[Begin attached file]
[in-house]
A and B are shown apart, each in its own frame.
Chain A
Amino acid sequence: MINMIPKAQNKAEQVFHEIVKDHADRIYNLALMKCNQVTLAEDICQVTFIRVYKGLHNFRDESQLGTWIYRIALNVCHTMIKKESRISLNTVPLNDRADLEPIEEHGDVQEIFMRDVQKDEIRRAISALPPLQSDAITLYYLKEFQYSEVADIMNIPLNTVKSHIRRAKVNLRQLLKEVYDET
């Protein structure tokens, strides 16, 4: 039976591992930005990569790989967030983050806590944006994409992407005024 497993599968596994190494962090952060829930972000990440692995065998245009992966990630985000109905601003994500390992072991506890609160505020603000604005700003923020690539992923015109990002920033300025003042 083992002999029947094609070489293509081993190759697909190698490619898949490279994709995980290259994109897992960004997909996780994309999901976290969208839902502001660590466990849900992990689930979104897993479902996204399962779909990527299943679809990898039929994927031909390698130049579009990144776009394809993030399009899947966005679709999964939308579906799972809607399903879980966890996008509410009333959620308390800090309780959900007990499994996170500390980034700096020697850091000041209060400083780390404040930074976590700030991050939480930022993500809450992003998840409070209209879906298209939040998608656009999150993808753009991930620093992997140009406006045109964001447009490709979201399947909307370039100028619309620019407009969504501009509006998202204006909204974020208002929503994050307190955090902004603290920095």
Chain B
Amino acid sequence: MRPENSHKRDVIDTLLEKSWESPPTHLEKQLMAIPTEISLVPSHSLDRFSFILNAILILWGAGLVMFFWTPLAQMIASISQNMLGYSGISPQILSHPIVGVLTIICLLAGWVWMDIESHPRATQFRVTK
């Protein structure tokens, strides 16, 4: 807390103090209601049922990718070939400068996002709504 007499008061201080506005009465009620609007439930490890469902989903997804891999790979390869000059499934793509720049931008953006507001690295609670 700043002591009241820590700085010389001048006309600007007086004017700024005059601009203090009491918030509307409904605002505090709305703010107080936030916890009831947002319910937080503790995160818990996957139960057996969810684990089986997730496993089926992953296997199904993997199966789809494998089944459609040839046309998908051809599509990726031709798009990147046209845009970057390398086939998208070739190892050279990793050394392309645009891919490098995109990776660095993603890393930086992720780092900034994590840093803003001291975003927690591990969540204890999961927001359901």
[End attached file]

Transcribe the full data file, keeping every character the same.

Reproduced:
[in-house]
A and B are shown apart, each in its own frame.
Chain A
Amino acid sequence: MINMIPKAQNKAEQVFHEIVKDHADRIYNLALMKCNQVTLAEDICQVTFIRVYKGLHNFRDESQLGTWIYRIALNVCHTMIKKESRISLNTVPLNDRADLEPIEEHGDVQEIFMRDVQKDEIRRAISALPPLQSDAITLYYLKEFQYSEVADIMNIPLNTVKSHIRRAKVNLRQLLKEVYDET
């Protein structure tokens, strides 16, 4: 039976591992930005990569790989967030983050806590944006994409992407005024 497993599968596994190494962090952060829930972000990440692995065998245009992966990630985000109905601003994500390992072991506890609160505020603000604005700003923020690539992923015109990002920033300025003042 083992002999029947094609070489293509081993190759697909190698490619898949490279994709995980290259994109897992960004997909996780994309999901976290969208839902502001660590466990849900992990689930979104897993479902996204399962779909990527299943679809990898039929994927031909390698130049579009990144776009394809993030399009899947966005679709999964939308579906799972809607399903879980966890996008509410009333959620308390800090309780959900007990499994996170500390980034700096020697850091000041209060400083780390404040930074976590700030991050939480930022993500809450992003998840409070209209879906298209939040998608656009999150993808753009991930620093992997140009406006045109964001447009490709979201399947909307370039100028619309620019407009969504501009509006998202204006909204974020208002929503994050307190955090902004603290920095």
Chain B
Amino acid sequence: MRPENSHKRDVIDTLLEKSWESPPTHLEKQLMAIPTEISLVPSHSLDRFSFILNAILILWGAGLVMFFWTPLAQMIASISQNMLGYSGISPQILSHPIVGVLTIICLLAGWVWMDIESHPRATQFRVTK
């Protein structure tokens, strides 16, 4: 807390103090209601049922990718070939400068996002709504 007499008061201080506005009465009620609007439930490890469902989903997804891999790979390869000059499934793509720049931008953006507001690295609670 700043002591009241820590700085010389001048006309600007007086004017700024005059601009203090009491918030509307409904605002505090709305703010107080936030916890009831947002319910937080503790995160818990996957139960057996969810684990089986997730496993089926992953296997199904993997199966789809494998089944459609040839046309998908051809599509990726031709798009990147046209845009970057390398086939998208070739190892050279990793050394392309645009891919490098995109990776660095993603890393930086992720780092900034994590840093803003001291975003927690591990969540204890999961927001359901």